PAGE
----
What I find most interesting about Prof. Bowker’s approach (as it was represented in his talk at SIS) is how historical it is, and how he draws his examples from various disciplines and makes connections between them, especially in terms of “storytelling” and organizational behavior. I think this type of analysis is especially enjoyable when applied to classification systems, since they have such a long history and are such dependable vessels of ideology. In fact, I’ve read another book that takes a similar approach: Glut: Mastering Information Through the Ages by Alex Wright (National Academies Press, 2007). Wright’s website offers an annotated bibliography to his book; this is a great resource for anyone interested in the history of human efforts to represent and organize knowledge and information.

“Popularity is not a semantic structure”

I just read this great article by Tom Reamy in KMWorld. It’s about popular (and widespread) misconceptions about taxonomies and folksonomies. I loved the attitude in this piece, and it expressed frustrations I’ve had with peoples’ blind love of folksonomies, and with the misconception that hierarchical classification systems maintained by experts are an outdated effort that only librarians still care about. Reamy emphasizes how a hybrid approach, using a taxonomy and user-generated terms, is where the real value lies. He also points out the myth that folksonomies allow us to break free from the authority of “those dictatorial librarians”:

…folksonomy sites do have a central authority, and it is the most oppressive and most dangerous type of central authority there is — the authority of the majority. Against the will of the people, there is no recourse, no way of insuring the rights of the minority[…] It seems to me that having a system in which there is a central group of authorities or librarians that you as a minority can appeal to might work better than letting the collaboratively emergent dictatorial majority unconsciously ride roughshod over the minorities.”

The other thing I wish people would shout from the mountaintops is that the LCSH is (are?) not a thesaurus. Mary Dykstra says it best in her 1988 rant in Library Journal: just because LC decided to use the terminology of thesauri (RT, BT, NT, UF) doesn’t mean the semantic relationships between the headings are on par with those in real thesauri. Citing the 1974 ISO standard on what constitutes hierarchical relationships between terms, Dykstra uses the example of the heading:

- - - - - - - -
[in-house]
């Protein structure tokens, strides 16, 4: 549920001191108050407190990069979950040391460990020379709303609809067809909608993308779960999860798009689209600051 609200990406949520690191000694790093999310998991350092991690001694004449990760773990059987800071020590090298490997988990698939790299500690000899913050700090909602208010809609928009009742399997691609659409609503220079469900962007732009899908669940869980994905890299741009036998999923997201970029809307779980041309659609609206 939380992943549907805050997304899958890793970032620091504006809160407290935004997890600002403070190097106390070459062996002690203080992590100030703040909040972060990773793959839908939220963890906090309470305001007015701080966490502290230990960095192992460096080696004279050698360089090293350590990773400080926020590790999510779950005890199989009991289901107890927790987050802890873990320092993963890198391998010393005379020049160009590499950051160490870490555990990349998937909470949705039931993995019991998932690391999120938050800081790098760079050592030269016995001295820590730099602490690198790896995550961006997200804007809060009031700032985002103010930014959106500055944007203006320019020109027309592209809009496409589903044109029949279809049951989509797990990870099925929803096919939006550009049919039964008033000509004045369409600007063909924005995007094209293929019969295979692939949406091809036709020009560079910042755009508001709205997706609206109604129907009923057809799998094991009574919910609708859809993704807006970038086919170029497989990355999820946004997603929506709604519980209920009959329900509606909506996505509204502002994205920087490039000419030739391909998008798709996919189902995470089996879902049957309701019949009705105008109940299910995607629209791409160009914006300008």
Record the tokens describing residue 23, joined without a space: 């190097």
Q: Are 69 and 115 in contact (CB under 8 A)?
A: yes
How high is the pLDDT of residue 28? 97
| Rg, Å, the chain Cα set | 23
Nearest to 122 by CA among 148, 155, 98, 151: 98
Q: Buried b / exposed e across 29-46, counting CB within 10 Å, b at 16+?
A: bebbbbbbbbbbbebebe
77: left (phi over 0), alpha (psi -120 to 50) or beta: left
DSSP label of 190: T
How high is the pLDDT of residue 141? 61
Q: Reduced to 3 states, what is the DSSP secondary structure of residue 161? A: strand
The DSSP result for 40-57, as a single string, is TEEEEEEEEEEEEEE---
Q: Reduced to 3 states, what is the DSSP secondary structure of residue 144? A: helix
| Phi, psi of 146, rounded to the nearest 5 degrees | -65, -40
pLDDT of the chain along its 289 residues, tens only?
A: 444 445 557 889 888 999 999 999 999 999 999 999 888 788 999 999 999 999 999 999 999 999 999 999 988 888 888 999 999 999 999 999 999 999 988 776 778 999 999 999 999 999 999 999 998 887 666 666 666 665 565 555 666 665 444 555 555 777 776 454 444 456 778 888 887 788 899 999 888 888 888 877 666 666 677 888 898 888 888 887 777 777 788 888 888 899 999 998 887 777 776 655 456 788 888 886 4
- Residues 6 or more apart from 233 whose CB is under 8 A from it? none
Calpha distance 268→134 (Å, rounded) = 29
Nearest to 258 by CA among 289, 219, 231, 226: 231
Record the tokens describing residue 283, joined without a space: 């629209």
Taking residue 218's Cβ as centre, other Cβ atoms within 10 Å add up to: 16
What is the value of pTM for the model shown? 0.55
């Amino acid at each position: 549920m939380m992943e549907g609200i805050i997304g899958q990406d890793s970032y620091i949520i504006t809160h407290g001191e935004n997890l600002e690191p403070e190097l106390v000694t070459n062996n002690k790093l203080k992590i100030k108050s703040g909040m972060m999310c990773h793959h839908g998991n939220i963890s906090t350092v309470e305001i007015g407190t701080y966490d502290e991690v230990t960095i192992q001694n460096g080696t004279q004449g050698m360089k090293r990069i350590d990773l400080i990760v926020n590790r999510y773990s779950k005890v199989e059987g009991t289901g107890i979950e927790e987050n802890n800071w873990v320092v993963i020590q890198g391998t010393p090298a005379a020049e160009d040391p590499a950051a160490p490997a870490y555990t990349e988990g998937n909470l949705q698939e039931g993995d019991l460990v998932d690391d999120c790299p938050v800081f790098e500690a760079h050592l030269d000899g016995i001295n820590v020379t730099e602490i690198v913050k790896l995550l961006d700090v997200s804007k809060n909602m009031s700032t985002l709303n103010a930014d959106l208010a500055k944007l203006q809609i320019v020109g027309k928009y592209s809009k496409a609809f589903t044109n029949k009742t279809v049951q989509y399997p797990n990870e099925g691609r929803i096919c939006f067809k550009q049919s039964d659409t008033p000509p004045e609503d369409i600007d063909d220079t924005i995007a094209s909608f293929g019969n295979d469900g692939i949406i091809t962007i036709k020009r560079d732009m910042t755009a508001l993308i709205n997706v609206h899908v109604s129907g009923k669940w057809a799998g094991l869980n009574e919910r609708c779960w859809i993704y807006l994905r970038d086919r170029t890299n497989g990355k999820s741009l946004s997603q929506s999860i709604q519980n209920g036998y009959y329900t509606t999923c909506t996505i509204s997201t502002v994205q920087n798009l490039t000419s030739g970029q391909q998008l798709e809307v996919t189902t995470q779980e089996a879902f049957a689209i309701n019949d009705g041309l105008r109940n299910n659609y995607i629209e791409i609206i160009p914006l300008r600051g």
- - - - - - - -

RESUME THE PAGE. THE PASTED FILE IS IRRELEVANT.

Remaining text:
NT Cookery (Oysters)

In LC’s defense, this subheading doesn’t appear to exist anymore. I checked some of Dykstra’s other examples:

Proposal writing in business
BT Contracts, letting of
(Contracts, letting of is now an RT, and the BTs are Business and Business writing)

NT Television and children
(still in there)

Here’s one I found:
Fortune-telling by Chinese characters
BT Chinese characters

Fortune-telling and Chinese characters are different types of entities. Fortune-telling by Chinese characters is not a type of Chinese character.

A lot of these issues stem from the insane degree of pre-coordination in the LCSH. Headings often represent multiple concepts, while in thesauri, terms represent only one concept. “With the use of a thesaurus, several terms (analyzed) may be strung together (synthesized) according to syntactic rules to form a subject” (Dykstra, 1988). I’m not saying LCSH isn’t useful and that it’s not currently serving many of us (relatively) well. It’s just frustrating that many people seem to think the LCSH is representative of thesauri in general. Reamy makes a similar point at the beginning of his article, but his complaint is with the use of the term “taxonomy”, not “thesaurus”:

A fundamental flaw in the vast majority of articles on folksonomies and taxonomies is the almost universal use of the Dewey Decimal System (or Library of Congress Subject Headings) as the example taxonomy. Using the Dewey Decimal System as your example taxonomy shows that you have no understanding of taxonomy creation and use in today’s world.

This brings me to a question that keeps bothering me. What really is the difference between a classification system, a taxonomy, a thesaurus, and an ontology? A nice set of definitions is available on this Hedden Information Management site (the creator teaches at Simmons College). These are things I need to have burned into my brain, especially if I’m going to avoid being led astray by the many instances of the terms being erroneously used interchangeably. These tools are too important to be so confused with one another, especially by professionals.


Dykstra, M. (1988). LCSH Disguised as Thesaurus. Library Journal 113 (4): 42-46.
Reamy, T. (2009). Folksonomy Folktales. KMWorld 18 (9): 6-8. <>